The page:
UK: Challenge Your Intellect

Last Updated: 26 May 2009
Article by Stuart Helmer

On 16 April, Starwood Hotels announced that it had brought a claim in the United States against two of its former employees and their new employer, Hilton Hotels. Starwood accuses the former employees, and Hilton, of misappropriating and misusing Starwood's confidential information. In particular, Starwood accuses Hilton of misappropriating information relating to Starwood's W brand and using that information to obtain an unfair advantage in the launch of its Denizen luxury hotel brand, allowing it to launch Denizen in only nine months instead of the usual three to five years. Hilton has now suspended development of the Denizen brand pending resolution of the dispute.

Starwood's dispute with Hilton is only at its earliest stages, and is being brought under US law. However, disputes of this type are commonplace in the UK too. By planning ahead in their employee relationships and the development of their business information, a prudent employer can put themselves in the best possible position should a dispute of this kind arise.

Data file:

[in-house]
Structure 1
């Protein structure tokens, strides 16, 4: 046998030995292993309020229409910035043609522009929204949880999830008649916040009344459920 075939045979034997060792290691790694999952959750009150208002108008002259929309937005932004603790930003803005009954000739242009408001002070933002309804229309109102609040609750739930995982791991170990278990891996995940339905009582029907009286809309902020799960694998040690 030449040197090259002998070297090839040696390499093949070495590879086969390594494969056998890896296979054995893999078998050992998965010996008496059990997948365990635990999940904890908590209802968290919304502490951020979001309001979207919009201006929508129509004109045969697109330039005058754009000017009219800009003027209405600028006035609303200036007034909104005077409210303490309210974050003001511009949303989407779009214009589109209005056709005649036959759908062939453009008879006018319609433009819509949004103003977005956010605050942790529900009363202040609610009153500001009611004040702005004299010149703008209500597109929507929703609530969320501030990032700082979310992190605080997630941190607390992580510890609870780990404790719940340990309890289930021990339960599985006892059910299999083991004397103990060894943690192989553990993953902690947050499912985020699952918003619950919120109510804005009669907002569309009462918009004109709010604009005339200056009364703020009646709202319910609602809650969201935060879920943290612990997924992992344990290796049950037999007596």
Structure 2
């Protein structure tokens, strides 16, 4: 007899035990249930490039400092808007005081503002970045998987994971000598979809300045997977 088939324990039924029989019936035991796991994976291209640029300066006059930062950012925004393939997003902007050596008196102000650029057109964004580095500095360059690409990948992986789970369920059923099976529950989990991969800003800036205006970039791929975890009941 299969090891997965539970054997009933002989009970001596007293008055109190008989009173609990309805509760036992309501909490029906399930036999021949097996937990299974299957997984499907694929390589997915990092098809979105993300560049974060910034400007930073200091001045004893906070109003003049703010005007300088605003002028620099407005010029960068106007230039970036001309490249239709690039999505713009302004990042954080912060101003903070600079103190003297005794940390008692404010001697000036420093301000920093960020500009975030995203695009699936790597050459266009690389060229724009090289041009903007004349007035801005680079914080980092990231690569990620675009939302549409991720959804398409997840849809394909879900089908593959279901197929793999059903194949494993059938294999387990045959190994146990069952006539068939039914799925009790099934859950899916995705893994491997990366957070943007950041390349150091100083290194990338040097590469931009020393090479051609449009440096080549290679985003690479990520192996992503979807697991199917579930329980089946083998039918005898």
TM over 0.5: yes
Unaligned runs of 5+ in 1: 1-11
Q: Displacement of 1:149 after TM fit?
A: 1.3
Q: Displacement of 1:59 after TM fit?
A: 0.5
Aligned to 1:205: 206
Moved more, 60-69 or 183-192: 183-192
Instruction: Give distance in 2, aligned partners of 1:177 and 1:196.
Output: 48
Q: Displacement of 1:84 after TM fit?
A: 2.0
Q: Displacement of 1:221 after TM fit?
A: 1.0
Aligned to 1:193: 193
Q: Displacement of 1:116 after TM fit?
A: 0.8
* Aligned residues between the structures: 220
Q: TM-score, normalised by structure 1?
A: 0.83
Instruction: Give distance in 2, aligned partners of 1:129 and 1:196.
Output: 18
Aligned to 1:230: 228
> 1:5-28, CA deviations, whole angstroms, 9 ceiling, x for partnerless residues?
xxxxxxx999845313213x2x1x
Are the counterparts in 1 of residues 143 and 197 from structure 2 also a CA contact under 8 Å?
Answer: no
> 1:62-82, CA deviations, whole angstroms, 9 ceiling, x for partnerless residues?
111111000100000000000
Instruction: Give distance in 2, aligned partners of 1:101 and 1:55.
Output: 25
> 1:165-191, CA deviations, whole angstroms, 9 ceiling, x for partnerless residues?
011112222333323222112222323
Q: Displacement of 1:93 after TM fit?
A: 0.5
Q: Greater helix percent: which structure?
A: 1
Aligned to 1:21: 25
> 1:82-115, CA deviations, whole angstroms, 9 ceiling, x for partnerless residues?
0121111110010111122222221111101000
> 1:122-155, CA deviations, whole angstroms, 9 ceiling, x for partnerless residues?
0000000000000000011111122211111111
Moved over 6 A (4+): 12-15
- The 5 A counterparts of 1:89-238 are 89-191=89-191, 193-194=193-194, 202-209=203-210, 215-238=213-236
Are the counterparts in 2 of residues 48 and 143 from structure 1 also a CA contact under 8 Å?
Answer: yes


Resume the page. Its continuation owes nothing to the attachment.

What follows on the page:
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On 16 April, Starwood Hotels announced that it had brought a claim in the United States against two of its former employees and their new employer, Hilton Hotels. Starwood accuses the former employees, and Hilton, of misappropriating and misusing Starwood's confidential information. In particular, Starwood accuses Hilton of misappropriating information relating to Starwood's W brand and using that information to obtain an unfair advantage in the launch of its Denizen luxury hotel brand, allowing it to launch Denizen in only nine months instead of the usual three to five years. Hilton has now suspended development of the Denizen brand pending resolution of the dispute.

Starwood's dispute with Hilton is only at its earliest stages, and is being brought under US law. However, disputes of this type are commonplace in the UK too. By planning ahead in their employee relationships and the development of their business information, a prudent employer can put themselves in the best possible position should a dispute of this kind arise.